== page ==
This blog is not intended to provide legal advice, legal services or legal anything else. Don't sue me. All I have is debt anyway.

Wednesday, December 29, 2010

Things they don't teach you in law school

I have a new case that has been hard on me. While I obviously can't talk about the case itself, I can say that I am emotionally invested in the matter due to a pre-existing relationship with the client. And it is one of those instances where being an attorney just isn't enough. I can resolve the legal problem, but I cannot fix the underlying cause. And due to my new role as attorney in the matter, I cannot ethically step outside of that relationship to seek help for the underlying cause, nor can I reveal confidential information I obtained in my role as legal counsel. It gives me pause about taking such a case in the future for a friend or family member (I have a policy that I do legal work for friends and family for free, within reason, of course), or even an aquaintance. It isn't something we ever really discussed in PR. I wish we would have spent more time actually discussing scenarios that were likely to occur instead of the really stupid shit you should know not to do if you aren't a complete fucking idiot (i.e. break into your client's ex-wife's house and microwave her cat; steal millions of dollars from your clients after a class action settlement; murder your own client -- you know, the usual). But knowing what you are supposed to do, doesn't make it any easier when you're doing it. So, I'm troubled.

But law school doesn't prepare you for actually practicing law, as EH pointed out in her recent post (with some great tips about talking to clients). It doesn't prepare you for handling difficult clients, or helping your clients when what they need is mental health counseling, substance abuse treatment, domestic abuse counseling, financial advice, employment assistance, medication, etc., and fixing the legal problems is only fixing the symptom not the disease. So many of my family law clients fall into those categories, and often, I'm at a loss as to how to help them. Often times I feel like I contribute to their problems. I'm prepping a client for her testimony in court, making her relive every moment of her abuse and her own bad decisions. For her legal issues, I have to do it. But it tears her down even further, and if she doesn't get help, what then? She continues to make bad choices, she continues to go back to the guy who beat her up, or she finds another guy just like him. I can't break that cycle for her, and it's frustrating. And I wish I were talking about just one client in particular, but it's all of them, with a variety of problems and a variety of symptoms.

It's also why I consider the work I'm doing at the MLP important, because there is that philosophy of preventative assistance. In my own practice, I see these people when the mess has spiraled out of control, and I wonder, how am I just supposed to put a bandaid on this person? How am I supposed to go to court, negotiate an agreement, etc., when it is just prolonging the inevitable next crisis?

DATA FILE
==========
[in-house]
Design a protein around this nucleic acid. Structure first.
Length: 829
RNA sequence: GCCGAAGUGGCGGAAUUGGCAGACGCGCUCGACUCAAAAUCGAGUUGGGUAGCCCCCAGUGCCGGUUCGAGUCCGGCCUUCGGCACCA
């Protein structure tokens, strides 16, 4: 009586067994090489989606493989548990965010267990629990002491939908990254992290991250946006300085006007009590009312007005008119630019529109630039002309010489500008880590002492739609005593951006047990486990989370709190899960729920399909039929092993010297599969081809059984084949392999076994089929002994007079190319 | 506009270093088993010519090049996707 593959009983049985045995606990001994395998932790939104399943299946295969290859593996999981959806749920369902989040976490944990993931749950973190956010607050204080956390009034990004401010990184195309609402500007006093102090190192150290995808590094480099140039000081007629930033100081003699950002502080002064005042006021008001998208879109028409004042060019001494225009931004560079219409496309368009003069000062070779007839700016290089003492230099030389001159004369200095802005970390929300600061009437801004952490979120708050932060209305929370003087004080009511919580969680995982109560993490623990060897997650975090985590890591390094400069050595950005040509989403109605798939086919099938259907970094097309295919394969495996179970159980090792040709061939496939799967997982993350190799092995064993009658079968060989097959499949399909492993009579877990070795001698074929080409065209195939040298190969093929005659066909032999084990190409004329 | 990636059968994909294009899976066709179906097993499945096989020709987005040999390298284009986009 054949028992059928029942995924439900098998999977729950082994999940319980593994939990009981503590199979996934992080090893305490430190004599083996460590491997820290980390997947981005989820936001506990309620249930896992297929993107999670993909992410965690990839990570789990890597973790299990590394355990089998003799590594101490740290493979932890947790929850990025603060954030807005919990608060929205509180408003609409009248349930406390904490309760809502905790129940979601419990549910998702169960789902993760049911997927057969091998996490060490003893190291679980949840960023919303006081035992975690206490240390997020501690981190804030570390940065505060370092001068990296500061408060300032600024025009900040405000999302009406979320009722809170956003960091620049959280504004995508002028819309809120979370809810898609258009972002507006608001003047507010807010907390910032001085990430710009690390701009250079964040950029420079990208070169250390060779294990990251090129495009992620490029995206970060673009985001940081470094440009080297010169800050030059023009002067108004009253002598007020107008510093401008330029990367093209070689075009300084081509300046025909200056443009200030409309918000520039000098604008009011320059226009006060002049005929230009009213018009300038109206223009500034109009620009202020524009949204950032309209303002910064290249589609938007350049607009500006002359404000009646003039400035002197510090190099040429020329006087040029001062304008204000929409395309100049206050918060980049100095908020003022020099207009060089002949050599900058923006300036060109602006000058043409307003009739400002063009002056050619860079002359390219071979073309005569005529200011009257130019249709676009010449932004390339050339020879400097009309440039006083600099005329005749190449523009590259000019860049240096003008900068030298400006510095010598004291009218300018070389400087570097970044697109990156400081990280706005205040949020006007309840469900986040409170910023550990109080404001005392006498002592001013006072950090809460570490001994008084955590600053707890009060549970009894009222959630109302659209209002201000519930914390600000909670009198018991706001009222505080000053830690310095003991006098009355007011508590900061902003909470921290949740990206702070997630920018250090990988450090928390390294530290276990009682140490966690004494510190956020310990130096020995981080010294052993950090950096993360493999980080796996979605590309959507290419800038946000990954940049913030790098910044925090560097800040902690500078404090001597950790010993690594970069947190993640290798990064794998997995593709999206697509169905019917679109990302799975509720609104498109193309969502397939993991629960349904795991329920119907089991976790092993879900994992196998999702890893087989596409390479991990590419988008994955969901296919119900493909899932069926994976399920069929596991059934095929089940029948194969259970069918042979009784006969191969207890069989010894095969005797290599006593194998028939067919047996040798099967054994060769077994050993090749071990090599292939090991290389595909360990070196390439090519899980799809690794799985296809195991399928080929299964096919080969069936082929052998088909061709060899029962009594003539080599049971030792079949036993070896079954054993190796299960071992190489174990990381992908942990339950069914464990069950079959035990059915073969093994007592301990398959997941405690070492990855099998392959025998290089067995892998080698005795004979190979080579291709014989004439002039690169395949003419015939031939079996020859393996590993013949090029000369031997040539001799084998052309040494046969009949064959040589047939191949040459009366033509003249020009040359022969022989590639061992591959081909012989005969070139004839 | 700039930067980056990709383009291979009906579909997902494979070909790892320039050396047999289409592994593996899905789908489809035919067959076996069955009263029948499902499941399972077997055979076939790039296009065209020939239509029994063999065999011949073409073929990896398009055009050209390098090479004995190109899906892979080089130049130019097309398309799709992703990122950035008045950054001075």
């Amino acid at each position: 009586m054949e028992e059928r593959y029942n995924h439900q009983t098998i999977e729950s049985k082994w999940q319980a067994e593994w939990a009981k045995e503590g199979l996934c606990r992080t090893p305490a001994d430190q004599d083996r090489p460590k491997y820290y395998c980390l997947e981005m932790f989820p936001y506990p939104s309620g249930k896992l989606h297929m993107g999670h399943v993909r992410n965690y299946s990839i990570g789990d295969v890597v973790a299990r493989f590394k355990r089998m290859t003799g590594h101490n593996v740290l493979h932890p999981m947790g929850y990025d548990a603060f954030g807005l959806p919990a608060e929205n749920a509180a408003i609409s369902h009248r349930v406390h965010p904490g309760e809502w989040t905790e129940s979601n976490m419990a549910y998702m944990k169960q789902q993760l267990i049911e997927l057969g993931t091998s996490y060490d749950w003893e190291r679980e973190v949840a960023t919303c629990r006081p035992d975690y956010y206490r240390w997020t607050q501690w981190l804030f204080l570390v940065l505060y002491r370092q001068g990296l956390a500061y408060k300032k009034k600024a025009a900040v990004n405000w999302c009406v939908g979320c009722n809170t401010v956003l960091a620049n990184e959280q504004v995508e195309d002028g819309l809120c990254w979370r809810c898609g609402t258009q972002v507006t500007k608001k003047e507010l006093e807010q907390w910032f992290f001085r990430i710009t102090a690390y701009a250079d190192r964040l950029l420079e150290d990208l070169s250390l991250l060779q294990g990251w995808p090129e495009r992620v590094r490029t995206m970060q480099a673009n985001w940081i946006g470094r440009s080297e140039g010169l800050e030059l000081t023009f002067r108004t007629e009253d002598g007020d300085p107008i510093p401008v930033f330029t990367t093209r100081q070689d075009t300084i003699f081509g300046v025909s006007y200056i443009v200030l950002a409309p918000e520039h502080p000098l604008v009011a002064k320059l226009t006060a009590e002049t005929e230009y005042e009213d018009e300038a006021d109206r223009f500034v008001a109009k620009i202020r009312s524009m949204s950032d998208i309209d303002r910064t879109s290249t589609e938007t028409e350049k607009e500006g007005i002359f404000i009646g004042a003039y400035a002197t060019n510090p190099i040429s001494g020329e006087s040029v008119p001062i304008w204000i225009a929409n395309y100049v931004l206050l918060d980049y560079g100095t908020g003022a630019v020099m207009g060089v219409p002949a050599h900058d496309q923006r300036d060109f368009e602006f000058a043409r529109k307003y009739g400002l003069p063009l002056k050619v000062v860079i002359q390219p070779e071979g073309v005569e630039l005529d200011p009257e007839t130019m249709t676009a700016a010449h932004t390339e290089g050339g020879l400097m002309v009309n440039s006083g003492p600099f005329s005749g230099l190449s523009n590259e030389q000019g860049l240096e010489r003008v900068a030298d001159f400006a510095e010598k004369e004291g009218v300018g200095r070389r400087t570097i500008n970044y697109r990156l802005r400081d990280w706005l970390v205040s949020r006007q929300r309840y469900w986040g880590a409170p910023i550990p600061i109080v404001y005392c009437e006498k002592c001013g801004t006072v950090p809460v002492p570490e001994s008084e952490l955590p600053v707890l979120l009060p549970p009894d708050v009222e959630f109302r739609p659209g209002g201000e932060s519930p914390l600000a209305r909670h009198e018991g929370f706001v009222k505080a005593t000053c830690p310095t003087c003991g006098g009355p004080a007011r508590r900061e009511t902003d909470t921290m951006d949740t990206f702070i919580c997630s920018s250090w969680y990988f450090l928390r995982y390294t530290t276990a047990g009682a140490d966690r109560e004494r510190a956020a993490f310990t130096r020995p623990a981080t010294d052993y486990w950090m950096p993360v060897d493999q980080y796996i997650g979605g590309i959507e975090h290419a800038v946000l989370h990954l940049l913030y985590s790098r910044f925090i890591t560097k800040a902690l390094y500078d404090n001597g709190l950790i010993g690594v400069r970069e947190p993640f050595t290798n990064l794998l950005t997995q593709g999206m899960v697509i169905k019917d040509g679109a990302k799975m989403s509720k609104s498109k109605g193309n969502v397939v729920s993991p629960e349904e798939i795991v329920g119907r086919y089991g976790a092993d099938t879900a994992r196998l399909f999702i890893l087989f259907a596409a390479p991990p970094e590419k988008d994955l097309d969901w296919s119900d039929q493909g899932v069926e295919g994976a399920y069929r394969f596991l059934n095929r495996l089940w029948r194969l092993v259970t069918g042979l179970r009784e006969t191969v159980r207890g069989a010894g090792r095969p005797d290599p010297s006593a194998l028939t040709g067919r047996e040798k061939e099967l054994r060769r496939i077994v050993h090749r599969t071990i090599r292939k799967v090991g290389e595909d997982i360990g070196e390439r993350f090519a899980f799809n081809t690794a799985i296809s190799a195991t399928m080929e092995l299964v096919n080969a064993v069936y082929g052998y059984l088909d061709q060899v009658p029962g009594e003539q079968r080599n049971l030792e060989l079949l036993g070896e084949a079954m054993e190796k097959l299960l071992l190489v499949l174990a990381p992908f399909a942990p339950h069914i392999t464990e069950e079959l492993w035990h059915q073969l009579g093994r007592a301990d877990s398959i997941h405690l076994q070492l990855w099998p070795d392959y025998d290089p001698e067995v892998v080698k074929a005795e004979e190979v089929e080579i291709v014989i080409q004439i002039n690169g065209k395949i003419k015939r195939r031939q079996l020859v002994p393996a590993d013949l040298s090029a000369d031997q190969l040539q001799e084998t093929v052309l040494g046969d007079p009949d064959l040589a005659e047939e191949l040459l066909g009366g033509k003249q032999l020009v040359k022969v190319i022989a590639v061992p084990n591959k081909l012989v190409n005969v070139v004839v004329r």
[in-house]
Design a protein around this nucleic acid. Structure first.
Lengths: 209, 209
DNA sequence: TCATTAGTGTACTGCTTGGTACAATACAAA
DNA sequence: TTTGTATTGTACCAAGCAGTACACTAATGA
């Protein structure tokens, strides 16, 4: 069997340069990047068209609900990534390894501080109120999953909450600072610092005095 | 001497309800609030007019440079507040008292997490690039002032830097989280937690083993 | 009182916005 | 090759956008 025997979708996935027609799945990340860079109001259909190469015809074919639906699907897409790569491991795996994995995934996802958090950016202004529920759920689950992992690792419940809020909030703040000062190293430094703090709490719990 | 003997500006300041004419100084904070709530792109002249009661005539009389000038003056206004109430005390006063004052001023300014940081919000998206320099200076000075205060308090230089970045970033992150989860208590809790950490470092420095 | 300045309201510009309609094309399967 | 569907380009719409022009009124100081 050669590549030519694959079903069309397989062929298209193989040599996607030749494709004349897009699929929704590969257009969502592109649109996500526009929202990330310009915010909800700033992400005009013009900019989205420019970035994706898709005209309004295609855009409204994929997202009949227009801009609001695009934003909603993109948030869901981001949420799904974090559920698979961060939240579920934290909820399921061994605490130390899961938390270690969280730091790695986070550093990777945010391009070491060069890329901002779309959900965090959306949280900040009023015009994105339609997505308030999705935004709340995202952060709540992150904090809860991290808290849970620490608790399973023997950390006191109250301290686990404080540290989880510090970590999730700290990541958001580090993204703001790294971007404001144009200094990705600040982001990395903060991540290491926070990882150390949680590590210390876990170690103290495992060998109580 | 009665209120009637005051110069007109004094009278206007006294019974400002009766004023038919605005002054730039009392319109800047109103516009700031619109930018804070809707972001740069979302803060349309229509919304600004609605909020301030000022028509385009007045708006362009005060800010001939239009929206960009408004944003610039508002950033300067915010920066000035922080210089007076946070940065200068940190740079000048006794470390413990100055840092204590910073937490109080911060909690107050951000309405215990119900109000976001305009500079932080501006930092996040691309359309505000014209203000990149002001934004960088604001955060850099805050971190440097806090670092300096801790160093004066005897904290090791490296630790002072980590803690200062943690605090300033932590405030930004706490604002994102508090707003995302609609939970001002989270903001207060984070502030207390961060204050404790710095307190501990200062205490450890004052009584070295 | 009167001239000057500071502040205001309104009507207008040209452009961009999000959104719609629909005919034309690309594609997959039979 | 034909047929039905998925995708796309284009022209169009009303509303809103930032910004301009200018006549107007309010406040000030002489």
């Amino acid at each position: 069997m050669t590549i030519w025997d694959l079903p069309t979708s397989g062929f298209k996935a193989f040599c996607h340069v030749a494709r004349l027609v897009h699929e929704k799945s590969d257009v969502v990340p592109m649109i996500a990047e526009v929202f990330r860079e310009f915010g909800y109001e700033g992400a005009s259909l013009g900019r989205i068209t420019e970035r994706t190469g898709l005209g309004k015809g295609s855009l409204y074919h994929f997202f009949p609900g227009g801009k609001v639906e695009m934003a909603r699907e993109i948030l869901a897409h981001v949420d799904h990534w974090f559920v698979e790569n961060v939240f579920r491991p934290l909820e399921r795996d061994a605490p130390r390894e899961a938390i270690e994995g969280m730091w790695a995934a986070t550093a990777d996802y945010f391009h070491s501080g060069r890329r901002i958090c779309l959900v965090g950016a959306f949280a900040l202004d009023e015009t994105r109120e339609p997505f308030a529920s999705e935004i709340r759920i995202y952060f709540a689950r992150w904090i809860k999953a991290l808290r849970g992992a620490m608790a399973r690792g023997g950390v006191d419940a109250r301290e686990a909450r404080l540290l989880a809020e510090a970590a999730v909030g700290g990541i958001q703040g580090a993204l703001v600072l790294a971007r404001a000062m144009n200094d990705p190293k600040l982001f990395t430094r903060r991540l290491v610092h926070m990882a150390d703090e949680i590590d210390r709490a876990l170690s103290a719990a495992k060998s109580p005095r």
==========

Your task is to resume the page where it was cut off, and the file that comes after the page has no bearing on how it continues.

Some days I feel like what I do is incredibly important (even if it pays incredibly bad). Other days, I feel like I'm using a squirt gun to put out a house fire, and it's disheartening. I don't know if I would have gone to law school if I'd known this would be my practice. I thought my practice would be about money -- corporate law, business transactions, or at the very least, insurance defense. I never thought I'd be doing what I'm doing, and I'm still not sure I want to.


E.H. said...

I think representing people you know beyond wills is not a good idea, for all the reasons you mentioned. Or at least go into it knowing the underlying relationship may never be the same. :(

The only thing that has helped me when I'm in sticky situations like the one you're in is to stop and break it down as "who is my client?" and "What is my duty?" I want to be superwoman and have the "counselor" part of the job, but that just isn't my training. I can only recommend. It sucks.

Proto Attorney said...

When I worked at the prosecutor's office, I once sat in on a meeting with a sexual assault victim. My mentor was there, and the victim's advocate. At one point, the victim breaks down and starts crying, obviously in a great deal of turmoil over what had happened to her. I was immediately like, oh crap, all I've got to offer here are tissues. The prosecutor, who has like 15 years experience, looked like he wished he could hide under the table. Fortunately, the victim's advocate had everything under control and knew all the right things to say and do. There is just nothing in our legal training that prepares us for that.

I've heard some attorneys say they feel it is part of their job and responsibility to their clients to be a counselor. I just can't get there. But it also makes me feel like I'm only doing half my job.

As for my new case, I probably would have declined had I known what I was getting myself into. What I was initially told was not even a fraction of the story when I agreed to help. When I read the file, I was like "Oh shit." But while I think any attorney/monkey could handle the legal issues, I'm hoping I can convince the client to make a change before the next round of crises occurs.

legally certifiable said...

Ok, I just picked up a situation EXACTLY like what you just described in your first paragraph. I have yet to figure out how to deal with it without breaching privilege. Arghhh.

I'm usually pretty good at ducking cases from friends and family, but the nature of the relationship and the type of case really left me with no choice here.

I have no advice, but I do feel your pain.